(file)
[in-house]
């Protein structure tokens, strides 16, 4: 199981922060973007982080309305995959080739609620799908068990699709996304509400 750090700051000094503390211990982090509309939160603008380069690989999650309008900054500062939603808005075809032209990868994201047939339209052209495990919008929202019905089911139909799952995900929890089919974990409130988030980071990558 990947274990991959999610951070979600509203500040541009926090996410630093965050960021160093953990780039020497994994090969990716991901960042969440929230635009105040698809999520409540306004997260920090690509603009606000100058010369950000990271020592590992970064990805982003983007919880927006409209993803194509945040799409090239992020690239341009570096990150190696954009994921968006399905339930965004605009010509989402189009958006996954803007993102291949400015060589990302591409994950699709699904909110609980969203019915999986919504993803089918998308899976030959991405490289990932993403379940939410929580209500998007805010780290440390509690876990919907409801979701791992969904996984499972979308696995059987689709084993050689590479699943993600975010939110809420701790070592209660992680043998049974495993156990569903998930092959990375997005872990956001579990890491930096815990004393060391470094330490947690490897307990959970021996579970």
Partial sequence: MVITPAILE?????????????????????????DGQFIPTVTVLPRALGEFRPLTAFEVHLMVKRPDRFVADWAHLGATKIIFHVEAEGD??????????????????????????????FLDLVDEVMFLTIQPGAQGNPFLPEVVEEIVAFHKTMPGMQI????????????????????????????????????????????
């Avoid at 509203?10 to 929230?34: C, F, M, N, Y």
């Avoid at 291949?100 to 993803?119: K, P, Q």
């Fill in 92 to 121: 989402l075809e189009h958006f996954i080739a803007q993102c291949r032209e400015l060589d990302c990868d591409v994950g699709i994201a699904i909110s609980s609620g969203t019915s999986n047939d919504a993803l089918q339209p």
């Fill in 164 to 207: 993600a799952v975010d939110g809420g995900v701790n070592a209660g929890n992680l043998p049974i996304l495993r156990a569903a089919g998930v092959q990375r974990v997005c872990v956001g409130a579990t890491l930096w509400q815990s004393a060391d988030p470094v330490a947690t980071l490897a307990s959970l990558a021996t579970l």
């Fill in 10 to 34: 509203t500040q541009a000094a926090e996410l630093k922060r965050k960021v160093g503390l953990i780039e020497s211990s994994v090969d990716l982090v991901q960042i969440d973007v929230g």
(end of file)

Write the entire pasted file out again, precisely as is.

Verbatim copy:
[in-house]
């Protein structure tokens, strides 16, 4: 199981922060973007982080309305995959080739609620799908068990699709996304509400 750090700051000094503390211990982090509309939160603008380069690989999650309008900054500062939603808005075809032209990868994201047939339209052209495990919008929202019905089911139909799952995900929890089919974990409130988030980071990558 990947274990991959999610951070979600509203500040541009926090996410630093965050960021160093953990780039020497994994090969990716991901960042969440929230635009105040698809999520409540306004997260920090690509603009606000100058010369950000990271020592590992970064990805982003983007919880927006409209993803194509945040799409090239992020690239341009570096990150190696954009994921968006399905339930965004605009010509989402189009958006996954803007993102291949400015060589990302591409994950699709699904909110609980969203019915999986919504993803089918998308899976030959991405490289990932993403379940939410929580209500998007805010780290440390509690876990919907409801979701791992969904996984499972979308696995059987689709084993050689590479699943993600975010939110809420701790070592209660992680043998049974495993156990569903998930092959990375997005872990956001579990890491930096815990004393060391470094330490947690490897307990959970021996579970």
Partial sequence: MVITPAILE?????????????????????????DGQFIPTVTVLPRALGEFRPLTAFEVHLMVKRPDRFVADWAHLGATKIIFHVEAEGD??????????????????????????????FLDLVDEVMFLTIQPGAQGNPFLPEVVEEIVAFHKTMPGMQI????????????????????????????????????????????
């Avoid at 509203?10 to 929230?34: C, F, M, N, Y």
């Avoid at 291949?100 to 993803?119: K, P, Q």
């Fill in 92 to 121: 989402l075809e189009h958006f996954i080739a803007q993102c291949r032209e400015l060589d990302c990868d591409v994950g699709i994201a699904i909110s609980s609620g969203t019915s999986n047939d919504a993803l089918q339209p």
């Fill in 164 to 207: 993600a799952v975010d939110g809420g995900v701790n070592a209660g929890n992680l043998p049974i996304l495993r156990a569903a089919g998930v092959q990375r974990v997005c872990v956001g409130a579990t890491l930096w509400q815990s004393a060391d988030p470094v330490a947690t980071l490897a307990s959970l990558a021996t579970l």
């Fill in 10 to 34: 509203t500040q541009a000094a926090e996410l630093k922060r965050k960021v160093g503390l953990i780039e020497s211990s994994v090969d990716l982090v991901q960042i969440d973007v929230g």